THE THREE ROADS
SETTING UP THE ACTION
The book is divided into four sections; Saturday, Sunday, Monday, and (portentously) Doomsday, which section takes up the last half. Reportedly, the ten thousand word cut demanded by his publisher came primarily from the first section.
Saturday, Chapter One
The opening chapter is a conversation between Paula West and Bret Taylor during her visit at the naval hospital. Bret’s memory is a mess. Although he has some recognition that Paula is not a stranger, he does not remember her name and he is confused when she tells him they are not married. They both sense that he is making progress and that his memories may soon start returning.
The scene shifts to a conversation between Bret’s lecherous psychiatrist Commander Wright, and Paula. In between fending off Wright’s repeated advances, Paula learns Wright’s theory that Bret’s amnesia was triggered by the double impact of his ship being sunk and then returning home in 1945 to find his wife, Lorraine, dead. Paula and Bret had been on the verge of marriage when he was on leave in 1944; Paula relates that he’d started a fight about how she made so much more money than he did. She recognizes that their economic inequality was his pretext and blames herself for rushing their relationship.
Paula reveals to the psychiatrist that after Bret married Lorraine, Paula went to see her at the house Bret had bought for himself and Paula. Paula’s snobbery, as well as her jealousy of the woman ten years younger who won Bret when she had failed, is very much in evidence. Despite her youth, Lorraine knew how to take the sexual initiative with Bret, at least when alcohol could help the process along. Paula dismisses her as a “featherbrain” and worse. Although, as Paula admits, she is hardly unbiased.
Paula reveals that she was with Bret the night in 1945 when the two of them found Lorraine’s body.
This chapter has no dramatic action. It takes place on the train carrying Paula back to LA from the hospital in San Diego. She reflects on her past, particularly about how she came to meet Brett at a party in 1943 and the course of their romance.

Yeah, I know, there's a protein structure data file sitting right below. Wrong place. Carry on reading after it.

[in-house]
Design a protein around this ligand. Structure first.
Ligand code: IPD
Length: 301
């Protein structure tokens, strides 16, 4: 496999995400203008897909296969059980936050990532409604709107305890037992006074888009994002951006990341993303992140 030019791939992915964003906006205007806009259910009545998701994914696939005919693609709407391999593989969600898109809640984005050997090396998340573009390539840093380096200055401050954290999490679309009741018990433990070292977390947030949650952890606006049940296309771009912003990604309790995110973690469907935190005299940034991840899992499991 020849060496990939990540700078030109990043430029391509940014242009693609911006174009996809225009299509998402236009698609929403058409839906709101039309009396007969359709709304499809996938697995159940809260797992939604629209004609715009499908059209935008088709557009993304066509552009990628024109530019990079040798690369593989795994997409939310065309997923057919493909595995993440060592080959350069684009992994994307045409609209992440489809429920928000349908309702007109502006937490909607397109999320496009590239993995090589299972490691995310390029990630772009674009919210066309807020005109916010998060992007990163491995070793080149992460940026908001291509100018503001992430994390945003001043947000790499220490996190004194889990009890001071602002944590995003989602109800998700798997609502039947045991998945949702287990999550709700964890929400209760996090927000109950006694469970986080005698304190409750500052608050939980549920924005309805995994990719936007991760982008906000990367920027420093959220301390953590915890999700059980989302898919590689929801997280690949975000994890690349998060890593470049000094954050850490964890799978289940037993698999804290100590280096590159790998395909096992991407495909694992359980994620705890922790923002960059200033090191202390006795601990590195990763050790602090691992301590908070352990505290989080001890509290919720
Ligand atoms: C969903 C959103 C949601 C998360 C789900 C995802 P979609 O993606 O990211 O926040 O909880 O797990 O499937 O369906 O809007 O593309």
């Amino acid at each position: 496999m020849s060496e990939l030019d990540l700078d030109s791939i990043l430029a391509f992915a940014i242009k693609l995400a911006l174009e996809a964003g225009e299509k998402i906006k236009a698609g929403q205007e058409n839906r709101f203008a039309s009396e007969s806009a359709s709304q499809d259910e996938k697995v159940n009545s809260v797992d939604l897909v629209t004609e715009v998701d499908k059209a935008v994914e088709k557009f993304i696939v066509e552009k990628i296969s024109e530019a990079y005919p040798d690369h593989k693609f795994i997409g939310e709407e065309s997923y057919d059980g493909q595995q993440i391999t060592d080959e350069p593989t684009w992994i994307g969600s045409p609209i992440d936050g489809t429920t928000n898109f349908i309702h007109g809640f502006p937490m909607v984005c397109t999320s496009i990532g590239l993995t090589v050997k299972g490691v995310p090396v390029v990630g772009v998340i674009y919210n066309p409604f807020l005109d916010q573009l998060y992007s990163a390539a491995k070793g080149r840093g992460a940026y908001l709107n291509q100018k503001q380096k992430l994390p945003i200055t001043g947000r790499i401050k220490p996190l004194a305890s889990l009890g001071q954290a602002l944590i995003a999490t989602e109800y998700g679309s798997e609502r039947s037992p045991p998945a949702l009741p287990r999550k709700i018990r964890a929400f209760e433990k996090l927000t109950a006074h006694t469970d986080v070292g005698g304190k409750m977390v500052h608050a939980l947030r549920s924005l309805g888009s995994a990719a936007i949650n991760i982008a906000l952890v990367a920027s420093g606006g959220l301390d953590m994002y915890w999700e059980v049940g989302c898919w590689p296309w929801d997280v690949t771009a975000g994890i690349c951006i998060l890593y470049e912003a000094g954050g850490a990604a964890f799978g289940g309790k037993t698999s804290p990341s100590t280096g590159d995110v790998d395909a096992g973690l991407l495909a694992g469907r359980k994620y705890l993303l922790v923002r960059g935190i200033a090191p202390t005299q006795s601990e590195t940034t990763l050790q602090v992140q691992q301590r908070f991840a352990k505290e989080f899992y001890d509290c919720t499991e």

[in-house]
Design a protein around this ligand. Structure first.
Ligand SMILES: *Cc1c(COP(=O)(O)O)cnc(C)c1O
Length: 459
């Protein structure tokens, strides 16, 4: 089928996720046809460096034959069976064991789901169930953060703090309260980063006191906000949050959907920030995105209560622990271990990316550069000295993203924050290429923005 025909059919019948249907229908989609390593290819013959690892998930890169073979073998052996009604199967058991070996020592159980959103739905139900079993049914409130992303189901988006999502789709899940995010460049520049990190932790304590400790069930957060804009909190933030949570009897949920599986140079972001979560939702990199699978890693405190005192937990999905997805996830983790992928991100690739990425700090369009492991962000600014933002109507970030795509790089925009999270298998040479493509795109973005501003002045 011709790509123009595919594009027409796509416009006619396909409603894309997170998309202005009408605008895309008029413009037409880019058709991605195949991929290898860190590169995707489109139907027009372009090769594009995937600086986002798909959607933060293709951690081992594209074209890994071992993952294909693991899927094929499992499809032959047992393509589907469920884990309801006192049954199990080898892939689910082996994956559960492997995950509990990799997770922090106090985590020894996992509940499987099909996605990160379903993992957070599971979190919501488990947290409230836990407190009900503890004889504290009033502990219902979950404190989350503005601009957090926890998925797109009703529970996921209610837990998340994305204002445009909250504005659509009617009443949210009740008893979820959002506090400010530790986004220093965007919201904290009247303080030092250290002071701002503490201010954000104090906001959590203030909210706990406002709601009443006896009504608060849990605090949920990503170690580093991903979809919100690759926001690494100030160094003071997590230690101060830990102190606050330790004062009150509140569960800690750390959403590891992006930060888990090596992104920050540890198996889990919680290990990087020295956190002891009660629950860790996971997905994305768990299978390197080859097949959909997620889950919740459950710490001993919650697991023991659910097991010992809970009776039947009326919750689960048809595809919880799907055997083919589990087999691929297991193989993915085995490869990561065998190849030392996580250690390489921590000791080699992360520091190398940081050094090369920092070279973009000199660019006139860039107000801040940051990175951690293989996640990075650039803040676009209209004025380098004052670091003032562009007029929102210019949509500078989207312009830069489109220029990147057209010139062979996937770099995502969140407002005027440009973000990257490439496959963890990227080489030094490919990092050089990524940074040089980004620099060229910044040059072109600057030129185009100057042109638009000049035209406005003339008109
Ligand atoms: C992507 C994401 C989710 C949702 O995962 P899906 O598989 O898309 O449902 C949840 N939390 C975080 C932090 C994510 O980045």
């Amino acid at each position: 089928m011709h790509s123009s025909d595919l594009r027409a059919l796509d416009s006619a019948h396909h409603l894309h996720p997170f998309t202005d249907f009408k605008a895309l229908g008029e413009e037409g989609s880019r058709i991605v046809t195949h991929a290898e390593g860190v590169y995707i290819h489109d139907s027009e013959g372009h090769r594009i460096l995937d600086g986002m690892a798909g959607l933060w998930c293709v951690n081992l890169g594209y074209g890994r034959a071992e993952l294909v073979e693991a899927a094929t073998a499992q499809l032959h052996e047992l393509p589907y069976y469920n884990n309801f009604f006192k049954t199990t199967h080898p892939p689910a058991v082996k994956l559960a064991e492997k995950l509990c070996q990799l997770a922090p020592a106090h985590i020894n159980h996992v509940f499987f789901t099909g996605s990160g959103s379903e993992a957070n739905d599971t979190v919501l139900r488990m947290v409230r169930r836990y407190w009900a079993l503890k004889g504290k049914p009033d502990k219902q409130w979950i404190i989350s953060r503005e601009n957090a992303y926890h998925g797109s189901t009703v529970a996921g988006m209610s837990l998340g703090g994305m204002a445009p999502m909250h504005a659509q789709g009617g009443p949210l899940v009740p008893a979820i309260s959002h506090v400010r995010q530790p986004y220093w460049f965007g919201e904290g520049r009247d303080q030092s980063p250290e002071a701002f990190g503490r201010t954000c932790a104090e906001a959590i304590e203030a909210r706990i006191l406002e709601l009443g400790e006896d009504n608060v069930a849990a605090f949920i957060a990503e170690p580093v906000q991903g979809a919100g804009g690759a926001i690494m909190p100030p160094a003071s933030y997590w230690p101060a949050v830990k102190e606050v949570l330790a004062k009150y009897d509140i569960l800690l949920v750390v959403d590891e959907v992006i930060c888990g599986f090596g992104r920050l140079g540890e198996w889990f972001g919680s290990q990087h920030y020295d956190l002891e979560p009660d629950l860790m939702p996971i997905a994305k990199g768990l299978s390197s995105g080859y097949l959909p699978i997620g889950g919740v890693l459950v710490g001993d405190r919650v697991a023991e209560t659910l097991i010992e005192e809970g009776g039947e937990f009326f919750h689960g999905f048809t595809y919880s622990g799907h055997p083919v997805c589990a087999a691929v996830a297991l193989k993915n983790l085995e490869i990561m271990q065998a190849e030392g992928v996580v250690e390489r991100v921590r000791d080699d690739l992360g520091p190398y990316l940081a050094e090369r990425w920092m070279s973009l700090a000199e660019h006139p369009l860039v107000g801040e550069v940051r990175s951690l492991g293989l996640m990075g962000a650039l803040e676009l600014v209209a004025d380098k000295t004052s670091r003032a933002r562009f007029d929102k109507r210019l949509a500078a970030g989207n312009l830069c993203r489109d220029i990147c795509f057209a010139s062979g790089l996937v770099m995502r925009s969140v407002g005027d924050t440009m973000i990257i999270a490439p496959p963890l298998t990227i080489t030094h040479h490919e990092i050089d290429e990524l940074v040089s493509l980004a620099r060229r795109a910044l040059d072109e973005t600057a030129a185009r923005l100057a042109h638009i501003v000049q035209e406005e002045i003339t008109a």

We are introduced to Theodore Klifter, a European refugee from the Nazis who practices psychoanalysis. Paula is interviewing him, hopeful that he will take an interest in Bret’s case. We learn that when Bret arrived home in 1945 and went to Lorraine’s house, Lorraine wasn’t home. Bret called Paula. She drove to Lorraine’s neighborhood, met Bret, and the two of them took a drive while they waited for Lorraine to return. When Paula drove him back to the house later in the evening, the two of them found Lorraine dead, naked, strangled in the bed. When the doctor asks if Brent’s amnesia could be a defense against the memory that Bret killed his own wife, Paula flatly denies that this could be possible.
After hearing the story of her relationship with Brett, Klifter asks her if she is a masochist. She says no. I think she is correct; a true masochist at least gets sexual pleasure from being abused and ignored.
Paula produces a sheaf of newspaper clippings about the killing, written in a style no self-respecting high school paper would have printed. Despite the melodramatic prose, the clippings indicate that another man had been at the murder scene shortly before.
Sunday, Chapter Five
This is much like Chapter Three, a segment solely about the reflections of the narrator, but this time it’s Bret instead of Paula. Bret displays himself as perhaps the most morose character in American fiction. He has frequent and vivid memories of seeing his mother dead twenty-five years before. When he is not remembering himself as a four-year-old, he thinks about his failure to respond to Paula as the man she so clearly desires. The poor man has trouble differentiating between the mother he barely knew and the real woman here in the present.
Bret awakens in his hospital bed with some vague memories meeting Lorraine, his deceased wife. He sees the Navy psychiatrist assigned to his case, Commander Wright. Since Paula is not there, Wright can devote his full attention to his patient instead of trying to seduce Bret’s girlfriend. Bret discusses his memories of Lorraine and presses Wright for details. Wright refuses, telling Bret, “You’ve got to remember for yourself.” Frustrated, Bret responds, “I don’t see any purpose in this mystification.”
He is not alone.